It's just so much more pleasant than sitting in a stuffy cupboard somewhere in the school, scribbling away. Only two more exams to go - Higher biology is one of them, my nightmare exam to scribe because of all the scientific names. There should be a scribes' crib-sheet for that one.

Fidelio's ready to go into the water. We polished her hull this evening and she's looking good. The dogs came too but were disappointed there was no walk involved. They lay sulking in the car while we beavered away.

Mum's been gone fourteen years on Sunday. It's nice to think of her at bluebell time, but I still miss her.

Saturday, May 17, 2008

Bloggers, Bluebells, Bridget and Bad Max

Kimberly, Queen of bloggers, came up with the idea of 'Bloggers and Bluebells'. It was a brave move, considering she's off to America in two days' time, to have a group of Piskie bloggers let loose around the rectory eating her brownies and drinking her tea, but it was great to connect faces with names and fill in some of the background. Bloggers come in all hues, shapes, sizes and ages but one thing we all seem able to do is talk - and didn't we just? The tea, coffee and conversation flowed steadily until it was bluebell time.

For the bluebells bit we went to Kilmun Arboretum. Not far, but far enough for one car-load to lose the way and find themselves at Loch Fyne Oysters. The Zebadee family finally made it to the car-park in time for lunch, just as Bad Max, on arriving at Puck's Glen, decided he'd had enough and turned tail for home. By the time he (with Rosemary and Kimberly in hot pursuit) arrived at the car-park, the Zebadees had hopped it for home too, back to the rectory. Never mind, Kimberly and Rosemary ate their lunch and plotted the sermon. Rosemary, I never knew St Catan existed but you brought him to life for us all. The midges, who were at the wrong gig - Midgebites and Candlelight doesn't happen till later, chaps - ate them. Good dog Bridget would like to point out here that she didn't think much of the Arboretum either - too many bangs. I didn't let on that it was probably our local stalker getting in the supplies of venison.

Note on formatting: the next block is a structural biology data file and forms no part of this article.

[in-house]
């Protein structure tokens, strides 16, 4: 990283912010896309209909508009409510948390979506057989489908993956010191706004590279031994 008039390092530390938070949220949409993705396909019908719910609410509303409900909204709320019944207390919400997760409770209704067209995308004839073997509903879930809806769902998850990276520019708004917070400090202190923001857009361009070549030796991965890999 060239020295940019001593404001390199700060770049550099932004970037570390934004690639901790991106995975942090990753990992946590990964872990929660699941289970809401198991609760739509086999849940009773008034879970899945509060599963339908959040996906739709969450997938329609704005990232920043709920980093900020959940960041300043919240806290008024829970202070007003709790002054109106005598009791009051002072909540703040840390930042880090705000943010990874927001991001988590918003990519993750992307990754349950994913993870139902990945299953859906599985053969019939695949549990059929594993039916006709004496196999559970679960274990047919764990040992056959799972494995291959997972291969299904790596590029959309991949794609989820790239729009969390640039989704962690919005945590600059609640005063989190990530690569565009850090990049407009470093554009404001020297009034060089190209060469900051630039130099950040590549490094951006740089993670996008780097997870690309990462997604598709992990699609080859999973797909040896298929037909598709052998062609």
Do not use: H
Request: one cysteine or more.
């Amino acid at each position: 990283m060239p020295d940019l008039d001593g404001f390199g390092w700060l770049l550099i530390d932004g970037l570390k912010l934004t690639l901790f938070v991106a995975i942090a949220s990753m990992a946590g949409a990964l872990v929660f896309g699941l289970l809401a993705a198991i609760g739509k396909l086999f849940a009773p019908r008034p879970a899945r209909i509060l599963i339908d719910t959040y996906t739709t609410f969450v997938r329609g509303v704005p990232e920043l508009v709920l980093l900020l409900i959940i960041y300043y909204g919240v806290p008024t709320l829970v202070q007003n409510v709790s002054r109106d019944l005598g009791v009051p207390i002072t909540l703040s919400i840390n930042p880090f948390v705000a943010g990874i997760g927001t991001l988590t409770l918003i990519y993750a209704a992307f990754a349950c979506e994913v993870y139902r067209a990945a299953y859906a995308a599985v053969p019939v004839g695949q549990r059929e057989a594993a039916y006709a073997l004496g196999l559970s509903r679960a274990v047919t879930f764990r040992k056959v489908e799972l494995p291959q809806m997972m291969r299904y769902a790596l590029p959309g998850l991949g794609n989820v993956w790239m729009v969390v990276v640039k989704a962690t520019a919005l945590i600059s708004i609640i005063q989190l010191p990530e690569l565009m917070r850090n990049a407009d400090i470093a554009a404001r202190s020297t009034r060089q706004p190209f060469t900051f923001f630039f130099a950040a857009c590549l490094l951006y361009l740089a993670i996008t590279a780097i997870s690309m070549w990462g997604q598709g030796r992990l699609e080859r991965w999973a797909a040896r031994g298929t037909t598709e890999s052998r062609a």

The rest of us climbed up the glen. Mrs Blethers led - check out her photos - and I rounded up the other photographers, Piglet and Stewart, who were snapping away obliviously, and otherwise might be there yet, and brought up the rear. We all met up again at the car-park, and finally joined the Zebadees at the rectory, whereupon Kimberly changed from blogger to celebrant and we had a fine eucharist in the church to finish.

Until next year then, dear bloggers?

Sunday, May 04, 2008

A listening ear

Yesterday was the SEC's rather last-minute attempt prior to Lambeth to do some active 'listening' to the experiences of GLBT folk within a church context. Sixty attended - the maximum which had been allowed for - and my opinion is it was a Good Thing. As one of the six witnesses, I spoke to two groups about what it was like bringing up a gay son. I consulted with Michael and Charlie about what I was going to say and they were comfortable with it. I also made it clear that the account I gave was from my point of view as a mother, and that if Michael had been telling his own story it might be different.

I found it both a humbling and emotional experience. Emotional because much of what I had to say brought back difficult memories, especially as, given my time over again and the benefit of hindsight, I might have have handled things differently. Humbling because it was obvious from some of the responses I got that some people had not heard much in the way of positive affirmation of their sexuality in a church context. It brought home to me how very difficult it is to be Christian and openly LGBT, let alone be ordained and anything other than celibate.

The main point I wanted to get across was something I've said many times - that I'm proud of my boys, who they are and what they've achieved. It makes me sad when I hear of parents of gay children who are ashamed to acknowledge them for what they are. My advice to anyone who suspects that their child might be gay is to be accepting, be affirming and be happy with them when and if they find the person they want to spend their life with.

Monday, April 28, 2008


I love playing with compost and it's that time of year. I have four compost bins - two of the black plastic 'dalek' variety for kitchen waste and two bigger wooden ones at the far end of the garden for garden waste. Periodically I mix them up and layer them and add a bit of organic accelerator to them. I was doing that on Sunday. What fun.